Yep, here we go again. Save the date on your calendar, here comes Art Basel Hong Kong right around the corner. Art Basel has a pretty good spread across the globe at this point, of course the annual in Basel Switzerland itself, the somewhat iconic although over rated Art Basel in Miami for all of […]
Our last day provided us with some time to explore Old Montreal, so we strolled the streets and tried to take it all in. Our route took us up Rue Saint Paul to the old city square, Place Jacques-Cartier, which was the former entranceway to the Port of Montreal originally called “Market Square.” At the top of this square is a small fountained-square flanked by Montreal City Hall, and another old building that looks impressive and historically important, but even with a “Google Search” I am still befuddled as to its significance. Of most interest to me in the old city square was “Nelson’s Column,” a columned statue of the famous English Admiral, Horatio Nelson, hero of the Battle of Trafalgar. I was a bit dumbfounded by this statue as it is the second oldest statue of Nelson in the world, Montreal’s oldest monument, and the oldest war monument in Canada. My confusion stemmed from the fact that the English Nelson was so highly honored, in what was even back then a majority francophone population, and that the statue’s creation was a joint French-English Montreal endeavor. However, I have since learned that Montreal’s french population at the time did not support the French revolution nor Napoleon, so riddle solved.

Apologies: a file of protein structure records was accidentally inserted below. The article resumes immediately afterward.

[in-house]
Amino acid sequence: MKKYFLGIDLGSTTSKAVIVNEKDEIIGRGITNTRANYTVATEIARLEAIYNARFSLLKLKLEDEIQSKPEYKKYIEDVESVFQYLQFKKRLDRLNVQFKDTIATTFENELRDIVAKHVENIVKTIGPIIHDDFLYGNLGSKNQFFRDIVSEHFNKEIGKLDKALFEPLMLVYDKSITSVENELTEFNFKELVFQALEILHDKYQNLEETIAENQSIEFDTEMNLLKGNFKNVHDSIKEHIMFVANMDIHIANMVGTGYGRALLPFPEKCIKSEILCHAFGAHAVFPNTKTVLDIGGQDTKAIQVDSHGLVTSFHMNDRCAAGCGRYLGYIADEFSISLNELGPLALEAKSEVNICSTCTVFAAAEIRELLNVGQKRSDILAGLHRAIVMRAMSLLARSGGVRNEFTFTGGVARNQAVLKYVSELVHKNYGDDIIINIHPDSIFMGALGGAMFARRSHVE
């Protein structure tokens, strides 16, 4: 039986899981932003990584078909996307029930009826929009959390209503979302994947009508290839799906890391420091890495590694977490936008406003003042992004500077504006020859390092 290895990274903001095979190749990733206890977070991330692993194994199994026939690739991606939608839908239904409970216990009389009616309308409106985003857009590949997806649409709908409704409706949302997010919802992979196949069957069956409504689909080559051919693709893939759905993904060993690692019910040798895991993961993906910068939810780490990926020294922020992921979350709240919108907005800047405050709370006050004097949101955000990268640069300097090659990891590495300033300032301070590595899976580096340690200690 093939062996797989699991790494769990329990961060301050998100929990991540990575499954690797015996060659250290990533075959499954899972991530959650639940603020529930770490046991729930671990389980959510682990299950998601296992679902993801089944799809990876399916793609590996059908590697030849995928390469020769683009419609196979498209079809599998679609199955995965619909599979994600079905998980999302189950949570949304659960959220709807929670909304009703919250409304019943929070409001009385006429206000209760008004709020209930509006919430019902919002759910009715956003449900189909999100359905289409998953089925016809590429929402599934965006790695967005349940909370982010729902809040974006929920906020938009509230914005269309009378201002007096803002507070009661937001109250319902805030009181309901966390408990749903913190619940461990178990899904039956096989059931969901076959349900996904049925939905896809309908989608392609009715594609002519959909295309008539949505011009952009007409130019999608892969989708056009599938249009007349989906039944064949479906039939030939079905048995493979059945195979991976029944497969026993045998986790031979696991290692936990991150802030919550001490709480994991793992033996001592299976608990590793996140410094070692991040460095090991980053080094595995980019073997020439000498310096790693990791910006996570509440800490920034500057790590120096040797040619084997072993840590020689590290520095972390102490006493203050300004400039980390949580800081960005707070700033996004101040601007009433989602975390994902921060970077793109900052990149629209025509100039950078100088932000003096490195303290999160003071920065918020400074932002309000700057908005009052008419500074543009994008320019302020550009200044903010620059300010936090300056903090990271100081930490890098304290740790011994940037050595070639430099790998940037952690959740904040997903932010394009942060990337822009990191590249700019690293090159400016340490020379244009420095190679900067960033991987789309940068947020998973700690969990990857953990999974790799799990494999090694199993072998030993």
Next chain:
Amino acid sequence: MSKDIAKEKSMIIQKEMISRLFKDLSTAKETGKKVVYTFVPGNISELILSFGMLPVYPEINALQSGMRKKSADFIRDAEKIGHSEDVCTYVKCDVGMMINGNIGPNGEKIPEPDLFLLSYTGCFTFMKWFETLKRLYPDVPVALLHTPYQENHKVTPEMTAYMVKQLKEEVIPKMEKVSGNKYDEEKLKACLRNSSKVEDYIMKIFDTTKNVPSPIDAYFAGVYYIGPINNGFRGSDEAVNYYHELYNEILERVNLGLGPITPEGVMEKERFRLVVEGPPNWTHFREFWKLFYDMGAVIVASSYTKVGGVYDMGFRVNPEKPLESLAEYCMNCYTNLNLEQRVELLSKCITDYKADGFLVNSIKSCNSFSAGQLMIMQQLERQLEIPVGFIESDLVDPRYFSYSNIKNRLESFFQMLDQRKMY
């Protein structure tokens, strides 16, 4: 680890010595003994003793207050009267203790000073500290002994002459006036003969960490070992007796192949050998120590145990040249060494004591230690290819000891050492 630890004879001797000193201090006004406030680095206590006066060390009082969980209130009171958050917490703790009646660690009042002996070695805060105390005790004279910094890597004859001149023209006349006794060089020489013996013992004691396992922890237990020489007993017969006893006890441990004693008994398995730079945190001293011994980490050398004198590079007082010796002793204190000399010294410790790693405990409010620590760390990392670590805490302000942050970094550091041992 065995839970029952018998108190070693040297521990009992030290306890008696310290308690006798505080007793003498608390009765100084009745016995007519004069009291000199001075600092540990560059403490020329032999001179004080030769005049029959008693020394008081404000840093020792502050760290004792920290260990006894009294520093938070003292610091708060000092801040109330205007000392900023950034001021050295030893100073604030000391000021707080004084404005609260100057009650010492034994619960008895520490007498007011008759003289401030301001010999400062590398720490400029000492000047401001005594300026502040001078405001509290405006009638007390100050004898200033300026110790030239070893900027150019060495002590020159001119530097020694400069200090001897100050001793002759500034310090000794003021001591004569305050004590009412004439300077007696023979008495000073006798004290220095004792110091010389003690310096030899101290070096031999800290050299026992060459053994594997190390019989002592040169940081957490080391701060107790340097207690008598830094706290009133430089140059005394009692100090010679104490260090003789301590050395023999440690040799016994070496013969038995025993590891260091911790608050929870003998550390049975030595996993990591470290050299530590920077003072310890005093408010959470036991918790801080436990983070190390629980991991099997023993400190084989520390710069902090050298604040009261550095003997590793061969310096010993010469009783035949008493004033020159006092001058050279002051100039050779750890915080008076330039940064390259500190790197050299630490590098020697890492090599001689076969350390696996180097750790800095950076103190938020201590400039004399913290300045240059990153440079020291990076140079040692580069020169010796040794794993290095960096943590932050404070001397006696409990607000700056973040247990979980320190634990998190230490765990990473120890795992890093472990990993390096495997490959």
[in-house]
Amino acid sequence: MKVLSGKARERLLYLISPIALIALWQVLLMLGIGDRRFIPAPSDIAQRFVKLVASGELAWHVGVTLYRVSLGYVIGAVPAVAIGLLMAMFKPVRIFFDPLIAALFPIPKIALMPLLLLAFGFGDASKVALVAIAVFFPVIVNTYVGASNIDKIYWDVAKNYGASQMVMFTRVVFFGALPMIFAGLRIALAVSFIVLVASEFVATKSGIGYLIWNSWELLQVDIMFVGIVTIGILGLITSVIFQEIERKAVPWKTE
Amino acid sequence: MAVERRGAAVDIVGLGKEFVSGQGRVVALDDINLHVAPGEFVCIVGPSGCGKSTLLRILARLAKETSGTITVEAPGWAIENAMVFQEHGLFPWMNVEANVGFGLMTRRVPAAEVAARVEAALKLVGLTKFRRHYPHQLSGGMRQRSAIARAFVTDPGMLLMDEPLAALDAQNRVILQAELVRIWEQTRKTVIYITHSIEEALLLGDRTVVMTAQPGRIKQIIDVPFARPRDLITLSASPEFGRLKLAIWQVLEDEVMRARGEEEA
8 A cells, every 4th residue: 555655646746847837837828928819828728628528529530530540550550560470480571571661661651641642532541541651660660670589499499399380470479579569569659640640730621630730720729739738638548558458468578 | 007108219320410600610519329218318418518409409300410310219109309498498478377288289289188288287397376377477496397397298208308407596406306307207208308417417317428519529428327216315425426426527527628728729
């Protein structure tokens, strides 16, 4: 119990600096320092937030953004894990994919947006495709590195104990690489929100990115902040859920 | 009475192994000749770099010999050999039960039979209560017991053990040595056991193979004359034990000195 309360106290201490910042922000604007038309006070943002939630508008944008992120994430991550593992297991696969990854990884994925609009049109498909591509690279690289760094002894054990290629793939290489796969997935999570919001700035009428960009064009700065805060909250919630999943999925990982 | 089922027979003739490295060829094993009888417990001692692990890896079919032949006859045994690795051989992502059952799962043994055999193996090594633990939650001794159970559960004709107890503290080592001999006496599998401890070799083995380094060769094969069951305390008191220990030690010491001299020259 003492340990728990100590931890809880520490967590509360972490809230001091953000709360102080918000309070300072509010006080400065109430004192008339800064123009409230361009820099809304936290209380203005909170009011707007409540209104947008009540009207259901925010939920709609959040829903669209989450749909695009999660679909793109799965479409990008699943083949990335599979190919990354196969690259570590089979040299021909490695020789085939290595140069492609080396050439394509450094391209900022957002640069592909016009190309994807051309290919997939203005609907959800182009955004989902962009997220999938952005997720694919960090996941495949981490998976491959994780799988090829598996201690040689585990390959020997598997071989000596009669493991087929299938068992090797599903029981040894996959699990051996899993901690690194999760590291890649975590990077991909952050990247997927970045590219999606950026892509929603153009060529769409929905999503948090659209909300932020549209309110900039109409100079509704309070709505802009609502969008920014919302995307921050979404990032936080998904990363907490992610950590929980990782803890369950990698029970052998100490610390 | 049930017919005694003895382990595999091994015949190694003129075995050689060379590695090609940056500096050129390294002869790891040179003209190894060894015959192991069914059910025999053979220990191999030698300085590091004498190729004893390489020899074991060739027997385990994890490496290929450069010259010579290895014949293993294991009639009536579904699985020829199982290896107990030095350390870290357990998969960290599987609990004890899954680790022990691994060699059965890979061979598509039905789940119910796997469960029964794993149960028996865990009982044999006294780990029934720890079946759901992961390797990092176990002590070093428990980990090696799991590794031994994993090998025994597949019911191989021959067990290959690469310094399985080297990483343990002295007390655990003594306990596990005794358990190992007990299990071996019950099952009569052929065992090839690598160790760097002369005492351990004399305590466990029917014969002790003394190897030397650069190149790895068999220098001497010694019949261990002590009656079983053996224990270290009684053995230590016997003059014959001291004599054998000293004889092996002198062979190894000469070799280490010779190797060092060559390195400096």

We continued down Rue Saint Paul to the Notre Dame de Bon Secours Chapel, one of Montreal’s oldest churches and home to a museum with exhibits related to Montreal’s founding and early years. This beautiful chapel has a fascinating history, which, given its proximity to the Old Port, includes a significant maritime component to the extent that the chapel was also known as “Sailor’s Church.” My favorite part of the chapel, though, was its spire, as it provided wonderful views of the Old Port and down the Saint Lawrence River.
And speaking of the river, with time growing short, our route back to the hotel was taken via the river walkway known as “Promenade Du Vieux Port,” a lovely walk bordered by the river and parkland. A wonderful way to spend the day.